Dutch Angles And Deathtraps: Celebrating The 50th Anniversary Of ‘Batman’ ’66
The camera, tilted diagonally, pans across the crowded dance floor of a nightclub called What A Way To Go-Go as Batman casually walks in through the front door. The music continues, but the dancing stops, as Gotham citizens take notice of the world's most famous crime-fighter in their midst. One of them shouts and points, almost fainting, a cigarette girl offers to check his cape, and the club's owner comes over to personally welcome him, asking if he'd like a table. "I'll stand at the bar," replies Batman, standing in the middle of the crowd in a cape, mask and tights, a bright yellow utility belt full of batarangs and explosives around his waist, "I shouldn't wish to attract attention."
That, according to interviews, was the scene where Adam West understood exactly how to play the role that would make him famous: Reserved and stilted and almost painfully square despite the inherent ridiculousness of everything around him. And fifty years ago today, on January 12, 1966, that scene was broadcast as part of the debut of Batman, the television series that would define not just its title character, but --- for better or worse --- the place of superheroes in American pop culture for at least a generation.
Then again, to say that Batman defined the character is a little misleading. One of the things that was often lost on the revisionist history that came from the backlash against the show in the '70s and '80s --- a time when the superhero genre was desperate to "grow up" and divorce itself from its seemingly childish past --- was that Batman might have actually a pretty faithful adaptation. William Dozier --- who pulled double-duty as the show's producer/creator and, as the uncredited "Desmond Doomsday," the narrator who encouraged viewers to "tune in tomorrow" every time Batman and Robin were dropped into a deathtrap by some Arch-Criminal --- legendarily grabbed a handful of back issues at his local newsstand when he was working on the show.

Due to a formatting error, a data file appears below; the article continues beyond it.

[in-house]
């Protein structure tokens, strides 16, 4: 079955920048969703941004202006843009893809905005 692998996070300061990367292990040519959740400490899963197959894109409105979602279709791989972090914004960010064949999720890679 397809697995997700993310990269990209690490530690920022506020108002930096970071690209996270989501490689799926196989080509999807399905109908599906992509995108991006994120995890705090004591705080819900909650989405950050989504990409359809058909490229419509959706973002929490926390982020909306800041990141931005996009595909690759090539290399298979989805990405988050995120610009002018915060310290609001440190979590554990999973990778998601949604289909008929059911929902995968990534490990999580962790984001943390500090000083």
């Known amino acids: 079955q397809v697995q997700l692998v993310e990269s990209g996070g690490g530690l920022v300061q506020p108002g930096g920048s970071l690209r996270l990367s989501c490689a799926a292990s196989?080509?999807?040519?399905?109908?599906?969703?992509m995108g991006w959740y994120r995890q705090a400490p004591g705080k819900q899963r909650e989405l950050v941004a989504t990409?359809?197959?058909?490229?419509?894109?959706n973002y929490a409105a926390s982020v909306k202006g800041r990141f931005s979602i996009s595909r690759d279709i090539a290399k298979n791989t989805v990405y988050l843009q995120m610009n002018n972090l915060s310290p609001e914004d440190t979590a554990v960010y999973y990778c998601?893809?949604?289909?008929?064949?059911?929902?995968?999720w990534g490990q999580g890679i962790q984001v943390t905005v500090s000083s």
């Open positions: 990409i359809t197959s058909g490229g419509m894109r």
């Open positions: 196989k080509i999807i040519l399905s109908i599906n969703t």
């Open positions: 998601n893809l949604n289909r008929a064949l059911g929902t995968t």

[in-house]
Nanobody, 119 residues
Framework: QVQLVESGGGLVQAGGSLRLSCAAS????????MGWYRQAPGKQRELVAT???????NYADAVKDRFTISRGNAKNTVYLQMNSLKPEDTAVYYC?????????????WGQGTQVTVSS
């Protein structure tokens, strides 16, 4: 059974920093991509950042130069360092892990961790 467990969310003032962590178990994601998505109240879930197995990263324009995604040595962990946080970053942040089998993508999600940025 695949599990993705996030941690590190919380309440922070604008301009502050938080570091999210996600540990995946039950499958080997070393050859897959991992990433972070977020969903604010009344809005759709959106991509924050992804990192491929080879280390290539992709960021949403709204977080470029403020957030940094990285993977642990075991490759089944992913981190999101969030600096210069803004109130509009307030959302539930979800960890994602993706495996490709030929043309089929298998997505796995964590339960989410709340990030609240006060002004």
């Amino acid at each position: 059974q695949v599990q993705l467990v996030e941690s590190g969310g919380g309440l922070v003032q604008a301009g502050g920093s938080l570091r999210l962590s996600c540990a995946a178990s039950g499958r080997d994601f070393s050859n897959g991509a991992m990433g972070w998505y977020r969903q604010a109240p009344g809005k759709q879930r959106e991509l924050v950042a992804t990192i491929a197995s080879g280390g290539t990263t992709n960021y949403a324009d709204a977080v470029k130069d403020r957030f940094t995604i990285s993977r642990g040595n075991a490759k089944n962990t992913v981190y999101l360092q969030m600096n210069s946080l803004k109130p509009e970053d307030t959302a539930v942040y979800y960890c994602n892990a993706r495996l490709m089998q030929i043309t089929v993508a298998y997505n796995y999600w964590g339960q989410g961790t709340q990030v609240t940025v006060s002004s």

As a result, most of the first season, including that very first episode, is based directly on stories lifted from the comics --- they even got Bill Finger, Batman's unsung co-creator, to write a pair of episodes in the second season. And when it aired twice a week on ABC, it was one of the biggest hits of the '70s.
It's easy to see why, too. Even if you divorce it from its source material, and even if you don't talk about the impact that it had on pop culture, the show itself is brilliant. The simple idea of doing a superhero story as a comedy where the main characters played it completely straight was incredibly effective, and while a lot of that has to do with the beautifully weird scripts from writers like Lorenzo Semple, it can never be overstated how good that cast actually was.
Adam West, Burt Ward, Yvonne Craig, and even more minor regulars like Stafford Repp and Neil Hamilton as Chief O'Hara and Commissioner Gordon, all played their parts with stern seriousness without so much as a wink to the audience, and let that be the joke.
And then there were the villains.
Even from the very beginning, when Frank Gorshin took to the screen with a manic, murderous glee as the Riddler, the Special Guest Villains proved to be the show's major attraction. And with good reason. While the plots could sometimes feel interchangeable, almost every arch-criminal that Batman faced over his 120-episode television career was both memorable and fantastic, from the sinister slinkiness of Julie Newmar and Eartha Kitt's Catwomen, to Victor Buono's bellowing, bewildered King Tut, to the writers' favorite, Burgess Meredith's conniving, squawking Penguin. They made the show what it was; a spectacle under a thin layer of satire, a comedy pretending to be an adventure that somehow managed to succeed as both.
But then, that's the thing about Batman '66. You can't really divorce it from its impact on pop culture at all, especially where superheroes are concerned. If nothing else, we've had fifty years of headlines about comics that lead off with "Biff! Pow!", no matter what the context is, and Batman as a character was defined either directly by the show or in opposition to it decades.
Without Batman '66, The Dark Knight Returns wouldn't exist, and while the Tim Burton movies of the '80s and '90s were billed as moving away from it, they've got more in common with the show than they ever did with the comics. Batman Returns is pretty much just Season 2's "Hizzoner the Penguin" dragged through a Hot Topic.
But while the reaction to the show spent a few years as embarrassment and distance, recent years have seen it coming back into favor, as a new generation of viewers have realized how great it really was. We finally got the series released on home video, a new series of comics from DC, and more --- Batman: The Brave and the Bold is a low-key animated sequel to the live-action show in more ways than just being a spiritual successor.
Which, in the end, is exactly what the show deserves. It's a cornerstone of superheroes in pop culture, and even after half a century, it holds up as being every bit as clever, weird, and even thrilling as it ever was.
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